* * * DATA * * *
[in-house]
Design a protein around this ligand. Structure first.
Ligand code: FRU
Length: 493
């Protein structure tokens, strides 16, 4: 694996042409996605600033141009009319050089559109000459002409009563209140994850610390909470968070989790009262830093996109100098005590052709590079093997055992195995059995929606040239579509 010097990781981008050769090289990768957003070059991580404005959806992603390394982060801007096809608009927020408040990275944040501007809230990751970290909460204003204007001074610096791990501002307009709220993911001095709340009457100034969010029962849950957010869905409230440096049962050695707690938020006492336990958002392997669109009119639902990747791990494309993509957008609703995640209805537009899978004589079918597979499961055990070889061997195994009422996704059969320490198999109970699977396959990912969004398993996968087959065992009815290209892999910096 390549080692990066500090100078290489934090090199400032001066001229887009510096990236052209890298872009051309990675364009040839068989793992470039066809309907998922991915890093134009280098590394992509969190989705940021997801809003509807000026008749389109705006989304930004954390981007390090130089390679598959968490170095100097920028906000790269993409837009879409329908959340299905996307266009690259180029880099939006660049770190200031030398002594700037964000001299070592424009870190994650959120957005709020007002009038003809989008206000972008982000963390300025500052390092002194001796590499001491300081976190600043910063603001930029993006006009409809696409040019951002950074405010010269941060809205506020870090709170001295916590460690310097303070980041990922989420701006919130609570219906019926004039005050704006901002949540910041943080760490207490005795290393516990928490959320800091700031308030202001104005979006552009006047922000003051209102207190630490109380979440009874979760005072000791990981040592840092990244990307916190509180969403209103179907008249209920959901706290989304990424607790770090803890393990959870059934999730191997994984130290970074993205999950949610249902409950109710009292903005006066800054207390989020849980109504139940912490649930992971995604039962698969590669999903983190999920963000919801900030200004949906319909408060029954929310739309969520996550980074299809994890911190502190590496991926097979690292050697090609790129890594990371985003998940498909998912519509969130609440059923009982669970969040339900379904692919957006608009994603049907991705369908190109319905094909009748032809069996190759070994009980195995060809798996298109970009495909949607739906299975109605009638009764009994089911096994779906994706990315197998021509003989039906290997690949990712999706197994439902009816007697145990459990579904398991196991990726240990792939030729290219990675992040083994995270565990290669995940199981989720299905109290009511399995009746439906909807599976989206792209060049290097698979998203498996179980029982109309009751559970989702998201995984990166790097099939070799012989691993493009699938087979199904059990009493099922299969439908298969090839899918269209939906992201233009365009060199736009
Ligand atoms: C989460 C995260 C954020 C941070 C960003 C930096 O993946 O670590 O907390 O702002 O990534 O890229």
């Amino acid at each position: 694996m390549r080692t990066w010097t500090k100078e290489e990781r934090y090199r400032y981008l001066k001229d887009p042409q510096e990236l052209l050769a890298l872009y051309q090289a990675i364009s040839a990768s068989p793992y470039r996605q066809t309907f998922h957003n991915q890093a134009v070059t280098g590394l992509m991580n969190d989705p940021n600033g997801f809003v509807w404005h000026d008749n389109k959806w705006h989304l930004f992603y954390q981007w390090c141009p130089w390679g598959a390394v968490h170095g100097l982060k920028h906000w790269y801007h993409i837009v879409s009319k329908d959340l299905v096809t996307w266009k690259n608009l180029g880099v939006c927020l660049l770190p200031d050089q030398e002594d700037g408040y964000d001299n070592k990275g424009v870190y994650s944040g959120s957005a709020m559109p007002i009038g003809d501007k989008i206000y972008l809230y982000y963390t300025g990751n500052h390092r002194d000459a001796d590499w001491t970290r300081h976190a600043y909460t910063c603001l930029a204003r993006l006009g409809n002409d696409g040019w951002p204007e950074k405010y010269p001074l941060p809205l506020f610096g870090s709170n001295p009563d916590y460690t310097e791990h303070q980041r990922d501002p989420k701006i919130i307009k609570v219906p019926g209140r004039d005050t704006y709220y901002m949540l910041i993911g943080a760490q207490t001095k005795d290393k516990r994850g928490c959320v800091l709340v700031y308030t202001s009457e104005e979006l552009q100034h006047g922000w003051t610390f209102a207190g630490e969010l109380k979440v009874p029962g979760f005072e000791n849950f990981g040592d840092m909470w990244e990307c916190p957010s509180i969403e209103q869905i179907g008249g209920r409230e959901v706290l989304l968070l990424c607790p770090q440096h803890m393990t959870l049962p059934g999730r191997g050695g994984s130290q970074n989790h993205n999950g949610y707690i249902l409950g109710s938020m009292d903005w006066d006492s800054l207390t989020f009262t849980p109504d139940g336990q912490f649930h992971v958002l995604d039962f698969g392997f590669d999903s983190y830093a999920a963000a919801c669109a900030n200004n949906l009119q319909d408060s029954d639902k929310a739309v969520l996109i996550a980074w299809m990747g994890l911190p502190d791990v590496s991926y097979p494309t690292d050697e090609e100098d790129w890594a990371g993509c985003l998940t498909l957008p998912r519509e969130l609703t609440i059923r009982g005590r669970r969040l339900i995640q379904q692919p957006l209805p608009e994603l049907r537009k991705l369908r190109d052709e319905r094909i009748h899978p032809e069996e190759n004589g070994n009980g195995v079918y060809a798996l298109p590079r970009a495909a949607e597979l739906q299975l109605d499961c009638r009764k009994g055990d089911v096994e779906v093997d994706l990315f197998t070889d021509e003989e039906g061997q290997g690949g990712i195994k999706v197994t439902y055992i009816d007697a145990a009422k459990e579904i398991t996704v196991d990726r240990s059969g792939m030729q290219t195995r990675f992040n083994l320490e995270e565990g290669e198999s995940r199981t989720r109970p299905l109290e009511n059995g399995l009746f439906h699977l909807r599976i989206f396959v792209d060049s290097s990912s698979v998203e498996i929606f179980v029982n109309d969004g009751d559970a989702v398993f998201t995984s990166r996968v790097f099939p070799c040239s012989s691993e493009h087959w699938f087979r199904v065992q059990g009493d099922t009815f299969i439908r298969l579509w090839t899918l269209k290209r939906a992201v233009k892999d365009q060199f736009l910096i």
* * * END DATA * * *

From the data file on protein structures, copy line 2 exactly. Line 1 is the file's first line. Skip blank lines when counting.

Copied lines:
Design a protein around this ligand. Structure first.